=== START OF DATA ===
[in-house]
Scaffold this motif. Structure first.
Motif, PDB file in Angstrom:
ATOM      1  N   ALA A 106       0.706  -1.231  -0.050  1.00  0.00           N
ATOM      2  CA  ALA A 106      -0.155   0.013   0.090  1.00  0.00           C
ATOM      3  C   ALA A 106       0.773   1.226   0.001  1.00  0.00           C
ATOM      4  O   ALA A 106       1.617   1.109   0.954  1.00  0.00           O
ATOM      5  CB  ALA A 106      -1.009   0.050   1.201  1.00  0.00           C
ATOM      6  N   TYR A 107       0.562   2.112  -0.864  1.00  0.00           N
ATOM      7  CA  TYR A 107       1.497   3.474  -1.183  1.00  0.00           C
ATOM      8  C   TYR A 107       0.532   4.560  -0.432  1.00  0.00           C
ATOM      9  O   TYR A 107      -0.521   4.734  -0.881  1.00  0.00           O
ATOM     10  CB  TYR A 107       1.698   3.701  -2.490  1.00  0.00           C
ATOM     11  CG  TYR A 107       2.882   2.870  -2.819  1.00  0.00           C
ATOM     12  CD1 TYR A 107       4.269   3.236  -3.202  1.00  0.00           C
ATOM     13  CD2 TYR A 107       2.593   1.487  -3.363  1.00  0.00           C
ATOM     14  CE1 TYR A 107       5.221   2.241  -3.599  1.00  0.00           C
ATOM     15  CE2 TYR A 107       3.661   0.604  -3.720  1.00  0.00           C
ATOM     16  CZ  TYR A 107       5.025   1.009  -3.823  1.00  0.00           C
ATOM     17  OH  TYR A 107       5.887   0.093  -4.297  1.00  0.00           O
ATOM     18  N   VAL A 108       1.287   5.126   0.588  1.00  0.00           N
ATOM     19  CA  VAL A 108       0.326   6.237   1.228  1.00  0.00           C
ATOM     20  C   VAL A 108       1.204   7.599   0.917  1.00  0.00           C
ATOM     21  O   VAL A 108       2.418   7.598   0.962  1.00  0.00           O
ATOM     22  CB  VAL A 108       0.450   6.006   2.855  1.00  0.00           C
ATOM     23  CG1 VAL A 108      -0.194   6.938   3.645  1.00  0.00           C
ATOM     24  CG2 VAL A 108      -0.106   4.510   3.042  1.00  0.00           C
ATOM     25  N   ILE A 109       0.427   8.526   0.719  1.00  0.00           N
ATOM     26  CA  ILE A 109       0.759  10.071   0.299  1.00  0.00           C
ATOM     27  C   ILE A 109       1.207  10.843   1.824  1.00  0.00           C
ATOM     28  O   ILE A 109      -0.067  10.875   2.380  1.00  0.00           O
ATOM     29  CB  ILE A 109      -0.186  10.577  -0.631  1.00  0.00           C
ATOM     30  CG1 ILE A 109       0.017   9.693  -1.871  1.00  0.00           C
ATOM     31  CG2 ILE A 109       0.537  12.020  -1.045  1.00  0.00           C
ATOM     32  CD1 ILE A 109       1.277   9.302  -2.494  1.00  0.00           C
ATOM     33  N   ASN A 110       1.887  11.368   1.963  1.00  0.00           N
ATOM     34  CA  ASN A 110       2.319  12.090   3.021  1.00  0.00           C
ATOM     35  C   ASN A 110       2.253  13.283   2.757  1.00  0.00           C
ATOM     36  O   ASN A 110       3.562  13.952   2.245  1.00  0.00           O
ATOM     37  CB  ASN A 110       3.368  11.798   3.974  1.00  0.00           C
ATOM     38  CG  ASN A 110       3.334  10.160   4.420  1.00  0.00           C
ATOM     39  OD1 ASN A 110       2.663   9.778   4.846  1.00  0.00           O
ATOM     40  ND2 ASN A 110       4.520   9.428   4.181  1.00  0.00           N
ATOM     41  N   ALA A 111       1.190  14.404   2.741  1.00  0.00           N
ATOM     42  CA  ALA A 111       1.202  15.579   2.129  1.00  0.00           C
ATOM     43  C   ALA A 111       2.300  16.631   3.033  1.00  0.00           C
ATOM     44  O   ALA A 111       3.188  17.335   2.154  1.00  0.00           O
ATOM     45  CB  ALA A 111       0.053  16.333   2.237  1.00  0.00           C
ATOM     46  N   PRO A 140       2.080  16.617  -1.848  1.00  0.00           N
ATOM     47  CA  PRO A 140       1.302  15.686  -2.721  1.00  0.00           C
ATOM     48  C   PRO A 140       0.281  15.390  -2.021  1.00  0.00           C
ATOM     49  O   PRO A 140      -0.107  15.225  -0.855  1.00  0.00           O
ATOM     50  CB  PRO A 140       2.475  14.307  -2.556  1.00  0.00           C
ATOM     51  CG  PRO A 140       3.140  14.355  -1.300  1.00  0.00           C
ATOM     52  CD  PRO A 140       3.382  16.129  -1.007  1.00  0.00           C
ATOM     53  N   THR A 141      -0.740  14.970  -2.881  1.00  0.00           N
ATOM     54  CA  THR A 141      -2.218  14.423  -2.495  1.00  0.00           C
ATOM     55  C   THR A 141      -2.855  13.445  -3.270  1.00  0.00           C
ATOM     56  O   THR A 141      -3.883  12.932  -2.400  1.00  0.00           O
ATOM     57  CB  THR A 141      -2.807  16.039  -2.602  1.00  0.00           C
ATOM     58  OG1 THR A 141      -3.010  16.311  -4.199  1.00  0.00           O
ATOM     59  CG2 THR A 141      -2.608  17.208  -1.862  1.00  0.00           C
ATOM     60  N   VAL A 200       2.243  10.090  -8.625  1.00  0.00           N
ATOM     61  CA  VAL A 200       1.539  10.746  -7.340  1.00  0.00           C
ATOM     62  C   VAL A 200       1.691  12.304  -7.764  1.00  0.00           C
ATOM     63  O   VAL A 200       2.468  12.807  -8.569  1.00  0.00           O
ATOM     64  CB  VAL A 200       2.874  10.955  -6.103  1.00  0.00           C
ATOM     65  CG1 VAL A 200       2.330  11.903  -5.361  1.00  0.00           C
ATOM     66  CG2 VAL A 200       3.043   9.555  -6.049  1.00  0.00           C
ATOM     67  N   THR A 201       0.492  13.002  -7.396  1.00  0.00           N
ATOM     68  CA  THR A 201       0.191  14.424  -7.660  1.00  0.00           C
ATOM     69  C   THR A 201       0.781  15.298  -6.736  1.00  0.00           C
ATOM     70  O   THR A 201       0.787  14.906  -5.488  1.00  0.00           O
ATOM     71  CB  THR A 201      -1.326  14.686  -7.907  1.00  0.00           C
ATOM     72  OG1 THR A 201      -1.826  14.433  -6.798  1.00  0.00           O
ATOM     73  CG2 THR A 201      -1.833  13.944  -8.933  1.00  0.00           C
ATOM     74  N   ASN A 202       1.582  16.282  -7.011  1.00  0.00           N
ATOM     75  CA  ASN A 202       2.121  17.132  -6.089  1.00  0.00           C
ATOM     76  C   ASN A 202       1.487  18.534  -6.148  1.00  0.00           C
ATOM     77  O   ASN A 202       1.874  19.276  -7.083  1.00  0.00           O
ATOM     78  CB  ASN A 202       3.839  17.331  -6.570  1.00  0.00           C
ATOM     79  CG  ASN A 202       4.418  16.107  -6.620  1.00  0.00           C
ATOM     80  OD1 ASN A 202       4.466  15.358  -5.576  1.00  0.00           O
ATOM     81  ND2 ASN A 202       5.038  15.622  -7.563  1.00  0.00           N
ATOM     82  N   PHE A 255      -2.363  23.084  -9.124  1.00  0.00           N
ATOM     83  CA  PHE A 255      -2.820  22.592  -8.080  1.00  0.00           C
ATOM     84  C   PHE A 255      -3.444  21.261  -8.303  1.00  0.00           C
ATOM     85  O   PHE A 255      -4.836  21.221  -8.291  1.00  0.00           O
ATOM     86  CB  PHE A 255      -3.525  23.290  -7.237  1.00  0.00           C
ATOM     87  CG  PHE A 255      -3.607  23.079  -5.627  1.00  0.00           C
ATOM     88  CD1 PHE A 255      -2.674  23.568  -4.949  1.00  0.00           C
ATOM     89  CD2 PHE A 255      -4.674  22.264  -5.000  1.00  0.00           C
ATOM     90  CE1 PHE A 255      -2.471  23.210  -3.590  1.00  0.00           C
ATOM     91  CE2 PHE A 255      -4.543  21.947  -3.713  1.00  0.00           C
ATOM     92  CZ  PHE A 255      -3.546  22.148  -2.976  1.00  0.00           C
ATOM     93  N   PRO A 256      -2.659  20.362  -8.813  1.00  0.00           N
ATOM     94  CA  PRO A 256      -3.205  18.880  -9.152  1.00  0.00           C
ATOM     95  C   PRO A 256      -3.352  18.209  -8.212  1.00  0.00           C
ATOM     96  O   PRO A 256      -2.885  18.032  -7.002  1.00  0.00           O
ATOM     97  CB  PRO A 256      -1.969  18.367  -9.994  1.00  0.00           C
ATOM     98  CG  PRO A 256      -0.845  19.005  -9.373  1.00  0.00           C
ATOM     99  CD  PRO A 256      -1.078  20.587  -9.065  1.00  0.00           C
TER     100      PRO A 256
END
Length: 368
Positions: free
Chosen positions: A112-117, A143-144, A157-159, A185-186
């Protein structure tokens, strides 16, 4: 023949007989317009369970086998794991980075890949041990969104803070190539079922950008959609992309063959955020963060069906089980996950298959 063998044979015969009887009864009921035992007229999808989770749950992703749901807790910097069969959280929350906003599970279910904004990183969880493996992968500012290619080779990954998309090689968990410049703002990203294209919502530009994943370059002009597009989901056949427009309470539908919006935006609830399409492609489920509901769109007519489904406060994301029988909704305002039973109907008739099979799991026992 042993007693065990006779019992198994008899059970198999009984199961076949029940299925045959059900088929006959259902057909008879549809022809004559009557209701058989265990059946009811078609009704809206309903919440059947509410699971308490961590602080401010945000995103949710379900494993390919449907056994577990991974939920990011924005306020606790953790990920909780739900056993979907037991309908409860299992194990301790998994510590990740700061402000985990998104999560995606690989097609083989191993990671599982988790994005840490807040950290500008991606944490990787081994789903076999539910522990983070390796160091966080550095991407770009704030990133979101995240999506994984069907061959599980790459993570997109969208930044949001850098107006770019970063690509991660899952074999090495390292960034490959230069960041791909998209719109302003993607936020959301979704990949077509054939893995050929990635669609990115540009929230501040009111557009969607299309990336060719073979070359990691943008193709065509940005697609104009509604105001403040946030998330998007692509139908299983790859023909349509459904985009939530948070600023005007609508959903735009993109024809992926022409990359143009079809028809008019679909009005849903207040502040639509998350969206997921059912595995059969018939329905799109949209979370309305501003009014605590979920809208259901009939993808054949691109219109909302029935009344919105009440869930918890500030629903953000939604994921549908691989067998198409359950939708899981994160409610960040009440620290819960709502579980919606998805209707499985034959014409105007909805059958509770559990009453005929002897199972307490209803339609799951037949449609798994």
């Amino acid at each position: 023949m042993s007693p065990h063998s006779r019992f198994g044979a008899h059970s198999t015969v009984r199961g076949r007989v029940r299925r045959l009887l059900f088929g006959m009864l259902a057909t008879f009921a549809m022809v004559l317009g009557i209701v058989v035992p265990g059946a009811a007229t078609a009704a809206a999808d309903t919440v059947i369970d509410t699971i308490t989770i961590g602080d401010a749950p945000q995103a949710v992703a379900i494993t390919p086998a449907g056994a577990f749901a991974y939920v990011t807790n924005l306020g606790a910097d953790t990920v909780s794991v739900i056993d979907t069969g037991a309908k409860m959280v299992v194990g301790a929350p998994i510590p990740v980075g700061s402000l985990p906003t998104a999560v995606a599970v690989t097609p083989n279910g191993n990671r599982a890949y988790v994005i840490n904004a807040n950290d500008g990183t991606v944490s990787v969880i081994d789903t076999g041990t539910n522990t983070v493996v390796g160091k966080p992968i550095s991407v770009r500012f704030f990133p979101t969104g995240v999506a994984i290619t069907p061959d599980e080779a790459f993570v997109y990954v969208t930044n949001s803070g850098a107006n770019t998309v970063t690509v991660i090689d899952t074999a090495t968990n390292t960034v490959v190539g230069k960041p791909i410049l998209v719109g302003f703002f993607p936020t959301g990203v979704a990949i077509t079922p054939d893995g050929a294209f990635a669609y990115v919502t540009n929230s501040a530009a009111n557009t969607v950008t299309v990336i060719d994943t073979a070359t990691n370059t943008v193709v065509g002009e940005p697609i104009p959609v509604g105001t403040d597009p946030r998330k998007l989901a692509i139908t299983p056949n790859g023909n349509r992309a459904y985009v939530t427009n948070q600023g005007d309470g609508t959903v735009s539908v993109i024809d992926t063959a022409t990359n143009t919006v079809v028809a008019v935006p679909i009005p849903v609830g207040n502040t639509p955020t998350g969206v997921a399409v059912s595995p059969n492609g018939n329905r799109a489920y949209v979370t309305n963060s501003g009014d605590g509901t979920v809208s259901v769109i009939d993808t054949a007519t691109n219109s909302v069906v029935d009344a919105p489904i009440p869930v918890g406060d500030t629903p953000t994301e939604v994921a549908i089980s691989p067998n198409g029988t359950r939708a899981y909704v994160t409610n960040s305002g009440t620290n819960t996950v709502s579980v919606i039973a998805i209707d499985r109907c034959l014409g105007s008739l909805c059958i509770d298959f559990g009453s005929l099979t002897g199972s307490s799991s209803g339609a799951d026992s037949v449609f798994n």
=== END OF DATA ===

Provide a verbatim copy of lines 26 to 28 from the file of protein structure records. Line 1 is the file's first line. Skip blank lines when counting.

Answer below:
ATOM     23  CG1 VAL A 108      -0.194   6.938   3.645  1.00  0.00           C
ATOM     24  CG2 VAL A 108      -0.106   4.510   3.042  1.00  0.00           C
ATOM     25  N   ILE A 109       0.427   8.526   0.719  1.00  0.00           N